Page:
Researchers, not related to IBM’s Zurich branch, had been able to build nanowire synapses that consumed about 1.23 femtojoules of energy which is extremely low energy demand from an artificial synapse.
Researchers were able to achieve that by wrapping two organic materials together and then using that wrap to release and trap ions.
That process is pretty much how real nerve fibers work inside an organic brain.
But scientists need to go even further if brain-like computers are to become a reality within a reasonable period of time. Researchers would need even thinner nanowires and would need highly advanced 3D printing techniques to form structures that are more like organic brains regarding their function.
Remember, biological neurons contain membranes that act like signal gates. These signal gates require a particular amount of energy to work properly.
The artificial neurons created by IBM doesn’t have any membranes because IBM researchers have replaced membranes with a square that is made of Germanium Antimony Tellurium compound. It’s also called GST which is a common material in optical disks.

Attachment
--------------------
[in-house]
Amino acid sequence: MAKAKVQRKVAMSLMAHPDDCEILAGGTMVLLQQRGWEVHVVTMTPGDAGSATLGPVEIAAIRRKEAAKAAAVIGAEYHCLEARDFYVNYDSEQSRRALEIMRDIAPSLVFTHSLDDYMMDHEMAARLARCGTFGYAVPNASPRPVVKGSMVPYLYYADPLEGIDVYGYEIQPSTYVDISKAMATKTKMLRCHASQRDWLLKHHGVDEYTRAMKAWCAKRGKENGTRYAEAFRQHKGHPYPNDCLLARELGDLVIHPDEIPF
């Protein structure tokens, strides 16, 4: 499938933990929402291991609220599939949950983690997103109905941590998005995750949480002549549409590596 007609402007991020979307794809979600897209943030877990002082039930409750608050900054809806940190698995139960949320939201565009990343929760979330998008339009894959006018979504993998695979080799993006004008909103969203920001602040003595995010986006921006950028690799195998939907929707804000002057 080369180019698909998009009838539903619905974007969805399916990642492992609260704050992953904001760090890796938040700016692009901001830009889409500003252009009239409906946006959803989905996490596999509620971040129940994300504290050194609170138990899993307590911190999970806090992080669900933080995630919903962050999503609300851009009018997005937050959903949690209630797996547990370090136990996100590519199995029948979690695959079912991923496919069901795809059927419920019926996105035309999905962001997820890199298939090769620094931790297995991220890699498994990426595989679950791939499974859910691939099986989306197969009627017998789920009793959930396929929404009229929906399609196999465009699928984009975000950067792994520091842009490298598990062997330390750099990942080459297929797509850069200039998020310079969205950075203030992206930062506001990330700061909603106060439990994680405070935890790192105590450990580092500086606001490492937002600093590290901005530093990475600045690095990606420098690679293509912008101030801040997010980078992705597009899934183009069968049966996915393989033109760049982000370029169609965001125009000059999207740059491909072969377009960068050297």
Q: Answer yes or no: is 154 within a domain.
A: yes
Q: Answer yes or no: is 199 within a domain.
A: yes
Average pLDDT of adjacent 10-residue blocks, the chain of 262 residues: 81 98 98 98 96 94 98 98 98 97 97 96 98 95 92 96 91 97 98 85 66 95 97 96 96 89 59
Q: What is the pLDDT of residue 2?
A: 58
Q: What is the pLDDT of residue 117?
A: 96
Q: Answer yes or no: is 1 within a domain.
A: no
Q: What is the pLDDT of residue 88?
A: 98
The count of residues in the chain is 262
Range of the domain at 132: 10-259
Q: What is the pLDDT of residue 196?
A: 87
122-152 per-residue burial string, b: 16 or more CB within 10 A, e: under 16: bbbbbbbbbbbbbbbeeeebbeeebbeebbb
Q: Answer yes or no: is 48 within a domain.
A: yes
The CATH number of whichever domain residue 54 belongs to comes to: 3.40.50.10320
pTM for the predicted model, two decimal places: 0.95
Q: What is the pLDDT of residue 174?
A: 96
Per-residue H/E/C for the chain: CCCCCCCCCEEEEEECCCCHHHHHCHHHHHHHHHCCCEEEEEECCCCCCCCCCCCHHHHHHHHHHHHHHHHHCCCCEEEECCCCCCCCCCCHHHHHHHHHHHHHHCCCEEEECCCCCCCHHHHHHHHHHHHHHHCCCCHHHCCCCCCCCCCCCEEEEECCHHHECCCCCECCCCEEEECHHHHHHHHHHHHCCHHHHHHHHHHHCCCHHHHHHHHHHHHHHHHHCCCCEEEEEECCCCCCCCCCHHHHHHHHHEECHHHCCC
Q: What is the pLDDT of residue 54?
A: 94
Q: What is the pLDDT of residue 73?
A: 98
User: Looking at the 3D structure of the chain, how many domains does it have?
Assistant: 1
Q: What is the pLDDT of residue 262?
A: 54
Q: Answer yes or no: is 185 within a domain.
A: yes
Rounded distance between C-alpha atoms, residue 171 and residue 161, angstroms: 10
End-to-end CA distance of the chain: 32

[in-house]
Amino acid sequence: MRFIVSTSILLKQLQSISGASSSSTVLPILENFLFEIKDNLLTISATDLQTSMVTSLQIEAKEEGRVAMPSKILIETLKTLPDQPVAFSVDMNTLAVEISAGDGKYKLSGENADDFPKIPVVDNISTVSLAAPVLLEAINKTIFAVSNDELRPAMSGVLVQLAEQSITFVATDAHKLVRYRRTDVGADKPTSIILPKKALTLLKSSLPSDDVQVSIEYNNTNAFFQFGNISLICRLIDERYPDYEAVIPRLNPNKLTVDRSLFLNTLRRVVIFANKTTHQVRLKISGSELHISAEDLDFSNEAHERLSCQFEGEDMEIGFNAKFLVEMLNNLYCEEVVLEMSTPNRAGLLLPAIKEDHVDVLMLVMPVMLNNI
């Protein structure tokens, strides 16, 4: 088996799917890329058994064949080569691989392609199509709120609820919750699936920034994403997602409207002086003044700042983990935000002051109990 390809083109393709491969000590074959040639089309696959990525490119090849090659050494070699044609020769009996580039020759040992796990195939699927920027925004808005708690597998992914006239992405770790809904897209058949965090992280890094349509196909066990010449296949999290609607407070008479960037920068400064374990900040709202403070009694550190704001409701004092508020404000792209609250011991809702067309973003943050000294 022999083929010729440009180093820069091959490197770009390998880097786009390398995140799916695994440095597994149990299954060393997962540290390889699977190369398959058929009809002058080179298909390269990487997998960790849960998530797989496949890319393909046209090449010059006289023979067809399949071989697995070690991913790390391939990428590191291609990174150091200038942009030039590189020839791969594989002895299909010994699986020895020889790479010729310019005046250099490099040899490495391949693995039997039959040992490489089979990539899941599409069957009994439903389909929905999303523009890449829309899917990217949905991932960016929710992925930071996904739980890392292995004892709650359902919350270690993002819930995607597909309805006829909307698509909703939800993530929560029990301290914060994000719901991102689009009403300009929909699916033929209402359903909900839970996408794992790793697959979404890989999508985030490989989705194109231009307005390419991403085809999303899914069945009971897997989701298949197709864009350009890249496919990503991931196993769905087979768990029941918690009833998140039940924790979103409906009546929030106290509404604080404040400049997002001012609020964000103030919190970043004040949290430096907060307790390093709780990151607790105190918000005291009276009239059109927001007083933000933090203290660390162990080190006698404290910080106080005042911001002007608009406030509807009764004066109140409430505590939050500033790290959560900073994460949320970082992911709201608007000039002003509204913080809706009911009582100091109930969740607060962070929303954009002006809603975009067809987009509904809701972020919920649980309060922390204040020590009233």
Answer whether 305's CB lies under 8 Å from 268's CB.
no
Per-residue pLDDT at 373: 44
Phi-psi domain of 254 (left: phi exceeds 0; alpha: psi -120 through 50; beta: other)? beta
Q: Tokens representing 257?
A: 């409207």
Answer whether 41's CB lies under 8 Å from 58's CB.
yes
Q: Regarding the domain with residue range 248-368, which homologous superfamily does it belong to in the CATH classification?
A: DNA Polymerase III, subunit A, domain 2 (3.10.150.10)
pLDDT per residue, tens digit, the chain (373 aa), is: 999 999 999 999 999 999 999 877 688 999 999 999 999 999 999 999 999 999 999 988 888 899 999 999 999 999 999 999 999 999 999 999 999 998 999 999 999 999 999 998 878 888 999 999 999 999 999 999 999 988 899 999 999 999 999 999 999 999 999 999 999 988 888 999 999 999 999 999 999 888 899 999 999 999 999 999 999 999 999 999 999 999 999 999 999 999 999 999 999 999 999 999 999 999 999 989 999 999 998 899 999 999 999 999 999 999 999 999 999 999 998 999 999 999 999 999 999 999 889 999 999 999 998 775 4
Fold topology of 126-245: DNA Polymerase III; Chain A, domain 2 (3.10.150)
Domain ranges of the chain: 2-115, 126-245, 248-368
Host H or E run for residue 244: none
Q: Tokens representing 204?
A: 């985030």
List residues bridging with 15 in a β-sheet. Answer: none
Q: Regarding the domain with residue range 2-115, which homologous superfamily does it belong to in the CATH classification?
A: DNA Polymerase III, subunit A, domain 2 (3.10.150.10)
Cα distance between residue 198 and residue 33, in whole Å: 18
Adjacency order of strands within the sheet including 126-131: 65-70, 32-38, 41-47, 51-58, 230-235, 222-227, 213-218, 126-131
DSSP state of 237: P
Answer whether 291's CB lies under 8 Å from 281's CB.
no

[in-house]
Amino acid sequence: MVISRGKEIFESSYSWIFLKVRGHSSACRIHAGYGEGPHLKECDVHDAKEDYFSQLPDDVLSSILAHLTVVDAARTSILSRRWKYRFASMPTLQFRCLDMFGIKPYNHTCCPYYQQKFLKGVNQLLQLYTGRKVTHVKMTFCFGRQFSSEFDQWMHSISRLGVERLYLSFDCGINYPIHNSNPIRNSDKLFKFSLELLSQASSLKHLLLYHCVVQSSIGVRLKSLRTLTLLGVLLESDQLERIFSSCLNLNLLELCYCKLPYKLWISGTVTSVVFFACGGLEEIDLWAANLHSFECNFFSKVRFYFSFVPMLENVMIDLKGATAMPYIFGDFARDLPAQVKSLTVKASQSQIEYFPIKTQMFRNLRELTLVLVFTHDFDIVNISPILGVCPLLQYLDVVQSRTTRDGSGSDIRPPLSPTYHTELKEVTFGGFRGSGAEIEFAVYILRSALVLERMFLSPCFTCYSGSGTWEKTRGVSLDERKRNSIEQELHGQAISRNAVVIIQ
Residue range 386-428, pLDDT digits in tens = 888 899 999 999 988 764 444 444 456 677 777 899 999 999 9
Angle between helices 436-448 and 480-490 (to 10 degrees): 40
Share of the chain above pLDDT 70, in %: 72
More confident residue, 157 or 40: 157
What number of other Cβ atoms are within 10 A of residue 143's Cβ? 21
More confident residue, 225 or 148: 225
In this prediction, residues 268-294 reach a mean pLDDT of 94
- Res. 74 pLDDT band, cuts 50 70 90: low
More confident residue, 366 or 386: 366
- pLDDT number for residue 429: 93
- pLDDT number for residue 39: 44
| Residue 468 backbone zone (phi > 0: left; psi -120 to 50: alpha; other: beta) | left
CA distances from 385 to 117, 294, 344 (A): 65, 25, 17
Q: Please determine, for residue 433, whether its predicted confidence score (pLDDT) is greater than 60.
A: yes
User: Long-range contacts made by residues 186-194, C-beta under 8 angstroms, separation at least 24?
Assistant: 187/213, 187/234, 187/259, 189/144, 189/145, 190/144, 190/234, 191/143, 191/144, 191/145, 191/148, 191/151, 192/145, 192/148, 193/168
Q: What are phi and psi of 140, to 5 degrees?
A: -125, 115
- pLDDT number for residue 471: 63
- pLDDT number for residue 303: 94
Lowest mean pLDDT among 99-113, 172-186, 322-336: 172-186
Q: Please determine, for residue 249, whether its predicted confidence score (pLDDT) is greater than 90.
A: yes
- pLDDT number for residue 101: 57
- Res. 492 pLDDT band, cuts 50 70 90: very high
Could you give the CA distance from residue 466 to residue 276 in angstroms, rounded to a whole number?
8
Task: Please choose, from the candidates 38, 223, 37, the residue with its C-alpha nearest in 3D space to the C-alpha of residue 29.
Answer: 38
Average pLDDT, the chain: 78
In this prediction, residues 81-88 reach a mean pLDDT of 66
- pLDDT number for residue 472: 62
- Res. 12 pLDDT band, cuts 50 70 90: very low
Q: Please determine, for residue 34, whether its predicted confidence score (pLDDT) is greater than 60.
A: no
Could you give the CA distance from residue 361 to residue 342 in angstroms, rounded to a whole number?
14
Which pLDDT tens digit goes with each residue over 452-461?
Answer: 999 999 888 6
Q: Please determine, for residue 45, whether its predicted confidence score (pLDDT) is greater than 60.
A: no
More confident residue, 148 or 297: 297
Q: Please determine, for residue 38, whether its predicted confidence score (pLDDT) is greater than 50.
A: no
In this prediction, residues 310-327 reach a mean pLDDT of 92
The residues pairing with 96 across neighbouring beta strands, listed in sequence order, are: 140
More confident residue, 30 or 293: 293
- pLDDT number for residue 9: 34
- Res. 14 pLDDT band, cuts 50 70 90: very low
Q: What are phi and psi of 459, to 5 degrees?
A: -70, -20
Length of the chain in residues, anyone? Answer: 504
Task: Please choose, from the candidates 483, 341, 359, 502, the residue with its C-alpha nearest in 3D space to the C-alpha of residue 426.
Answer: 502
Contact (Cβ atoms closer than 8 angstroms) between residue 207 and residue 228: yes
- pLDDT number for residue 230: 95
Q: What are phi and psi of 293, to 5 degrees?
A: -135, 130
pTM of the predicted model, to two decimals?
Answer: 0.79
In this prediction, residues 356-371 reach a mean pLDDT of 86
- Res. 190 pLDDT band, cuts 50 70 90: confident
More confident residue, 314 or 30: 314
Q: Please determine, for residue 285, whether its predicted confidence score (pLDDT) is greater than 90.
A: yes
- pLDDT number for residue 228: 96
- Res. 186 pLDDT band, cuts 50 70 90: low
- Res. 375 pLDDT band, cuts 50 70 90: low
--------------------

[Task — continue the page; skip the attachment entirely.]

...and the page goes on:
In other words, IBM has replaced the role of membranes in organic neurons with GST squares in its artificial ones.
Now, Germanium Antimony Tellurium is a fascinating material. If you heat the material for a given period of time, it changes its physical phase.
The Germanium Antimony Tellurium material goes from an amorphous phase (in which the material acts as an insulator) to a crystalline phase (in which Germanium Antimony Tellurium material becomes a conductor).
More simply put, researchers were able to pass a signal through the “fake” membrane (that is Germanium Antimony Tellurium square material) when it was shot with sufficient amount of electricity.